Shares of V.F. Corp have a current dividend yield of 7.1%. Given the new annualized dividend of $2.04, the payout ratio is 85% using our base estimate of $2.40 in EPS. The company’s current payout ratio is elevated against its historical average, but the dividend payout remains safe, barring a prolonged recession.
Putting it all together, a projection of expected five-year total shareholder returns is below:
- 7.0% earnings-per-share growth
- 9.9% valuation expansion
- 7.0% dividend yield
We expect a total annual return of 21.2% through 2027. This projection is an incredible rate of return, as the earnings growth, valuation expansion, and dividend yield all add to returns meaningfully.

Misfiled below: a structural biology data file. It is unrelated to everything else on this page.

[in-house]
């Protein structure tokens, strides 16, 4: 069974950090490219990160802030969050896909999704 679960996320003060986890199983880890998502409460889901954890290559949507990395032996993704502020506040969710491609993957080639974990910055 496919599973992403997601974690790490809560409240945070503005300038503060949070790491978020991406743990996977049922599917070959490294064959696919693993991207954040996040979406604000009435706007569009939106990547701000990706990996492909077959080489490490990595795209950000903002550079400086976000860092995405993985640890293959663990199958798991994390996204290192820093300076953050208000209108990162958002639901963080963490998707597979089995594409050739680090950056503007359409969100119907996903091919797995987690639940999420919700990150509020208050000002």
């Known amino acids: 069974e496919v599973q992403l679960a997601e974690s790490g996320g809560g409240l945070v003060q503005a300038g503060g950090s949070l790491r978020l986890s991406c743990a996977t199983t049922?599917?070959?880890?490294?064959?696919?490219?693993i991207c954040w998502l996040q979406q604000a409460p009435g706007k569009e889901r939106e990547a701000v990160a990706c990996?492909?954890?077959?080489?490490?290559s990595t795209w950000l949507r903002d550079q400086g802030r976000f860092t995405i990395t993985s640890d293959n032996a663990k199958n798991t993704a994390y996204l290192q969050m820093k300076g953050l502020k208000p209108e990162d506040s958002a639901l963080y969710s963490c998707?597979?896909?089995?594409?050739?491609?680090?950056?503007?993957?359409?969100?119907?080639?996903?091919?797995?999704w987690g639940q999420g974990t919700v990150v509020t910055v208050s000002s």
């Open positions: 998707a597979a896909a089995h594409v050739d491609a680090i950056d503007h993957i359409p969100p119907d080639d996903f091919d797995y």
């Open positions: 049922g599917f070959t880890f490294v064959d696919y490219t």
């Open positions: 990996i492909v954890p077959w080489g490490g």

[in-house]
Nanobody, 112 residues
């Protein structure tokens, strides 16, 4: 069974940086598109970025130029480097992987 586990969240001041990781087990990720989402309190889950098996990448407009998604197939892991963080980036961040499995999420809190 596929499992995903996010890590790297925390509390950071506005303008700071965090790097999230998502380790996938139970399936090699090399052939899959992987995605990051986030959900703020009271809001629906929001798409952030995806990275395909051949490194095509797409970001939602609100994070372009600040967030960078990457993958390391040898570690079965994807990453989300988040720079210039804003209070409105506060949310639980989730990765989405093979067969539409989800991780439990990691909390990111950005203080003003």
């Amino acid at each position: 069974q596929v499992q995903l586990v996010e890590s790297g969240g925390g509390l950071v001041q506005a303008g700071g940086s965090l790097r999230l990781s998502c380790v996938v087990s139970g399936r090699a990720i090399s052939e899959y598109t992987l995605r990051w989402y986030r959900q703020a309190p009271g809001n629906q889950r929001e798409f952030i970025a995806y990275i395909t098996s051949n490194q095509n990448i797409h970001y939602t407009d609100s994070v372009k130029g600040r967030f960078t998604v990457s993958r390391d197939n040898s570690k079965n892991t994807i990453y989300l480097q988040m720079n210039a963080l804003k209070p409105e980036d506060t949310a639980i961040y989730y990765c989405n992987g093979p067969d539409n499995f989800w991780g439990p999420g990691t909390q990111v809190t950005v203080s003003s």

V.F. Corp is currently experiencing a rough patch, as is indicated by its significant share price plunge. The company’s share price has decreased by 62% year-to-date, which compares unfavorably to the S&P 500 Index’s 20% loss.
The share price plunge appears to be overstated, so the stock appears to be very attractive at this juncture, barring further earnings declines in a prolonged recession.
The company’s North Face brand is still performing well, but its other brands are experiencing softness.
Our projected total annual return of 21.2% is highly attractive and causes us to assign a buy rating on V.F. Corporation.